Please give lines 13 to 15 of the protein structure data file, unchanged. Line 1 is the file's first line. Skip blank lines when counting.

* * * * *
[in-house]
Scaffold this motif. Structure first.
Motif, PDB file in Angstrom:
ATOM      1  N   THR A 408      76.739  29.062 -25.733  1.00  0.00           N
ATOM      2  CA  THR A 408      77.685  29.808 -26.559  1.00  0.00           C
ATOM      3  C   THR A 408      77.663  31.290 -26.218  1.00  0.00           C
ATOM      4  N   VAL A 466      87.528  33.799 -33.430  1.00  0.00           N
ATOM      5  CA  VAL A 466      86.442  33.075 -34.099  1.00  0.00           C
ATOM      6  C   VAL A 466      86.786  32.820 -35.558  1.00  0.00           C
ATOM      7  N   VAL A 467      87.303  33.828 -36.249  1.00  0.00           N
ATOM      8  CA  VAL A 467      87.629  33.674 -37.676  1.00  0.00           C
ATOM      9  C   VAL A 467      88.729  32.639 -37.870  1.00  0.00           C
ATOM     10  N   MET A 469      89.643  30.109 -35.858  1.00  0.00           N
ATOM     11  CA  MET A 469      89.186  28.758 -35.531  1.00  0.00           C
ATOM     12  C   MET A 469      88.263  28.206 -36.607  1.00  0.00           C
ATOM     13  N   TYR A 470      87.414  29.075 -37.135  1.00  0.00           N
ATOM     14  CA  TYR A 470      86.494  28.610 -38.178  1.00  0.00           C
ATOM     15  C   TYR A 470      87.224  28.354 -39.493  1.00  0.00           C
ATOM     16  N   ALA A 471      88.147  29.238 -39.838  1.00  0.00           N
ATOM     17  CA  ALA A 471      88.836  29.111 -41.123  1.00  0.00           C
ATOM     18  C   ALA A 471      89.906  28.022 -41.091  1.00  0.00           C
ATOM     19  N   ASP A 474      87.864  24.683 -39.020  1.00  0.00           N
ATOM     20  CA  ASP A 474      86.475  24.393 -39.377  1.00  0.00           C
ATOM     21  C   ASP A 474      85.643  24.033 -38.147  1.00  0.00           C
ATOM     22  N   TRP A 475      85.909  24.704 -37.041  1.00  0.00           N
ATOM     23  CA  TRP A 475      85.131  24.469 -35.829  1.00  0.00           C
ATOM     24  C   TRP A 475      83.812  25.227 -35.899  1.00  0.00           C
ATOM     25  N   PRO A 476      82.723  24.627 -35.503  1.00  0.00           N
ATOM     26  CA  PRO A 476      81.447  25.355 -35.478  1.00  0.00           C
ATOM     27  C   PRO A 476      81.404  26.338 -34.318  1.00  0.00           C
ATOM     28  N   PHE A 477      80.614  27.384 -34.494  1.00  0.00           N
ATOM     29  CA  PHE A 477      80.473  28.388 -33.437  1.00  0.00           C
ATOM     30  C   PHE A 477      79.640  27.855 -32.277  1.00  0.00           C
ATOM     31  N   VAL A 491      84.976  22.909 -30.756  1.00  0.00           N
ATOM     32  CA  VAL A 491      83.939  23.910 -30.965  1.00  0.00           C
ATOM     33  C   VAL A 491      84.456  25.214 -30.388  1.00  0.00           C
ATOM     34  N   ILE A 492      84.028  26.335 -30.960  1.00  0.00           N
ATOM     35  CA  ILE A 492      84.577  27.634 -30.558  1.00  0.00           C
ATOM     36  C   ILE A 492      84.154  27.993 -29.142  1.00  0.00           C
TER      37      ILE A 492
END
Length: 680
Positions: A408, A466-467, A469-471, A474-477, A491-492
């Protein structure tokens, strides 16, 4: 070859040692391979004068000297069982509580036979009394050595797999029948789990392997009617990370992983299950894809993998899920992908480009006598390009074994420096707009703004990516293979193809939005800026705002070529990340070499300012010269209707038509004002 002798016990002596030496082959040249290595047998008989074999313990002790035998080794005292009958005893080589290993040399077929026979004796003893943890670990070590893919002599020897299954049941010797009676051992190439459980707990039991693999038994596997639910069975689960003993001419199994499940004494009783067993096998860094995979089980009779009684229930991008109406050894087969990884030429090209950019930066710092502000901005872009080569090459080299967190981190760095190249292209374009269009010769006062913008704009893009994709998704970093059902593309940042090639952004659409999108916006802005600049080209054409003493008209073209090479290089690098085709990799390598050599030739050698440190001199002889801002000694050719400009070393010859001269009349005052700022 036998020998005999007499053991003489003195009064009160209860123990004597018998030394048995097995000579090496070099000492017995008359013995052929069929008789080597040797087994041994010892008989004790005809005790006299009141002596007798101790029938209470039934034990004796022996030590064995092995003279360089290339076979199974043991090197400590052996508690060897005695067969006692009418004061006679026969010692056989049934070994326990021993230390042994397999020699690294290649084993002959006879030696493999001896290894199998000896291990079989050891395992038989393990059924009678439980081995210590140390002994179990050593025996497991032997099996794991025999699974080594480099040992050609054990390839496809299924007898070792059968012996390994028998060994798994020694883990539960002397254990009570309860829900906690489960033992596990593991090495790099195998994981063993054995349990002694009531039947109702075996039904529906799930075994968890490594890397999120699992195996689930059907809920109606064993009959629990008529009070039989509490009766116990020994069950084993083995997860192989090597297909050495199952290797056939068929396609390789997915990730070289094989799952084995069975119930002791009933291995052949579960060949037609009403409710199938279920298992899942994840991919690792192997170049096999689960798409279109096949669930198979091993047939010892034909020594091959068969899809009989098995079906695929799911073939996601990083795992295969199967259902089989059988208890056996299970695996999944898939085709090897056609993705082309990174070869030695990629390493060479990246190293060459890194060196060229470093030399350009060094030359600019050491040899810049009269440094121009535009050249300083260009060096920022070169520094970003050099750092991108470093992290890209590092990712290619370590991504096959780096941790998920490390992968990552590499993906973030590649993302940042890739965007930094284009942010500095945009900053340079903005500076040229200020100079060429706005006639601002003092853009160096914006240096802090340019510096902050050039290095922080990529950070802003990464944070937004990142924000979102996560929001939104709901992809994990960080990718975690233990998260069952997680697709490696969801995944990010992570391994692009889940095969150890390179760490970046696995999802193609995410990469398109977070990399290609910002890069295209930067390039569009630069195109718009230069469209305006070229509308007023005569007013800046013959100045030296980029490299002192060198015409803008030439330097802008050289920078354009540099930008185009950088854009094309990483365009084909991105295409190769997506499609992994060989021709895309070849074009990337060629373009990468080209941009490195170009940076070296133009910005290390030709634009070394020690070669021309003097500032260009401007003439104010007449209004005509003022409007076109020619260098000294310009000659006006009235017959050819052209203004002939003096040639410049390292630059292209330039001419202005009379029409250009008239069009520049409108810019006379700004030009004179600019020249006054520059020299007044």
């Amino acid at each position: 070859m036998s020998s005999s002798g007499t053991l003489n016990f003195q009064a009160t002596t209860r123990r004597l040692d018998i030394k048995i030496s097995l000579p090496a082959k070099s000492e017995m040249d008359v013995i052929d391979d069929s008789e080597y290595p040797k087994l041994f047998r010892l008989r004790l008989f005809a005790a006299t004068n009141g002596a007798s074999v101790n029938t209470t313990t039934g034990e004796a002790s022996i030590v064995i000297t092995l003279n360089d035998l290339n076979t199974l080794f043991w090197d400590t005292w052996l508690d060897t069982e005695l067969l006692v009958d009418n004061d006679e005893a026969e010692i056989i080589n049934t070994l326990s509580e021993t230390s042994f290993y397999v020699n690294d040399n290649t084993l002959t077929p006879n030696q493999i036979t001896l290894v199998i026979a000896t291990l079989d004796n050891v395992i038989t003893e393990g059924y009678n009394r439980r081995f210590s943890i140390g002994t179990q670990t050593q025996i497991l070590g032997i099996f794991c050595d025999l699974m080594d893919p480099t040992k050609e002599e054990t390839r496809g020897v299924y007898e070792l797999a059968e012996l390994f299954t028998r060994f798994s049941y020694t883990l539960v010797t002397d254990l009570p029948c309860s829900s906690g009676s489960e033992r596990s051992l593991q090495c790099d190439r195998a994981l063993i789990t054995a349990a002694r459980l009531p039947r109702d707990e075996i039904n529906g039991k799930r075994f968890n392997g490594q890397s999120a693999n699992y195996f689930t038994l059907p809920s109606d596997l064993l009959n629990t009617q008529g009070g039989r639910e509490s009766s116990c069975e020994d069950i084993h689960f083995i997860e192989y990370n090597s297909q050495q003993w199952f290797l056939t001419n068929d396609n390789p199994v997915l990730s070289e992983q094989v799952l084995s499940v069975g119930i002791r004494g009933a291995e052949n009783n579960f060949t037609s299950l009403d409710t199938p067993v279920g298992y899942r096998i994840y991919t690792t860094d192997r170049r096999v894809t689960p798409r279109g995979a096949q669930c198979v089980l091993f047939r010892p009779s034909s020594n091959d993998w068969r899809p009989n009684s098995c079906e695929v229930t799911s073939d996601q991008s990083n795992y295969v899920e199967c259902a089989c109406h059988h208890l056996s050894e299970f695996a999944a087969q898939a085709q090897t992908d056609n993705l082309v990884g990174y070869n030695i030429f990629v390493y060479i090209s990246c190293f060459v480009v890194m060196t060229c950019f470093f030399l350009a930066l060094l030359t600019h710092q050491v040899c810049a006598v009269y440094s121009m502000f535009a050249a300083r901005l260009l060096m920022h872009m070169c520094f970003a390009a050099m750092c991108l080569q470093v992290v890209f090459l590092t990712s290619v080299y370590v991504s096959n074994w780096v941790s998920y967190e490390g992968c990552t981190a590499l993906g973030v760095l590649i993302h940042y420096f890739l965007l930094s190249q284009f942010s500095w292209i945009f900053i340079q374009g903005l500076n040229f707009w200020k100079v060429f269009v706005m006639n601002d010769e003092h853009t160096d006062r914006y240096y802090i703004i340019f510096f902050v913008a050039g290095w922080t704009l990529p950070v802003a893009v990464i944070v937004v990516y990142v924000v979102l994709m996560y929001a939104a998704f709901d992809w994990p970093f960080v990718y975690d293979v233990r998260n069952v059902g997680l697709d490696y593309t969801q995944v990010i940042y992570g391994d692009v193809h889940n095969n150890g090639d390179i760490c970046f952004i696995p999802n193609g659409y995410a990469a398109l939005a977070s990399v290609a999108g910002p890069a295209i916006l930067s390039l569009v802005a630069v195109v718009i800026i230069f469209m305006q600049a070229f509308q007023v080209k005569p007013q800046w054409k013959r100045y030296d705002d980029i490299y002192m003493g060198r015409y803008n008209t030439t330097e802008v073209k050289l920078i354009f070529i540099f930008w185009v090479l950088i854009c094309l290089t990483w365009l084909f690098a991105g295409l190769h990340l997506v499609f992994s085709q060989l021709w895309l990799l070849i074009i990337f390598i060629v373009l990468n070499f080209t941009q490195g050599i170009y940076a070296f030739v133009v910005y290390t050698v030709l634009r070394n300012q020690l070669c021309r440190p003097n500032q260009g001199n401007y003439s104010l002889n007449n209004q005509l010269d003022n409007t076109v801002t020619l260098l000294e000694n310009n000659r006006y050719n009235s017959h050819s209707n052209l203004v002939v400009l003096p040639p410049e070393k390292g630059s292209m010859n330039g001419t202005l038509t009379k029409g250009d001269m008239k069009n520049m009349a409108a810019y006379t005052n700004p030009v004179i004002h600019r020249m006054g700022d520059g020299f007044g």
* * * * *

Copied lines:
ATOM     10  N   MET A 469      89.643  30.109 -35.858  1.00  0.00           N
ATOM     11  CA  MET A 469      89.186  28.758 -35.531  1.00  0.00           C
ATOM     12  C   MET A 469      88.263  28.206 -36.607  1.00  0.00           C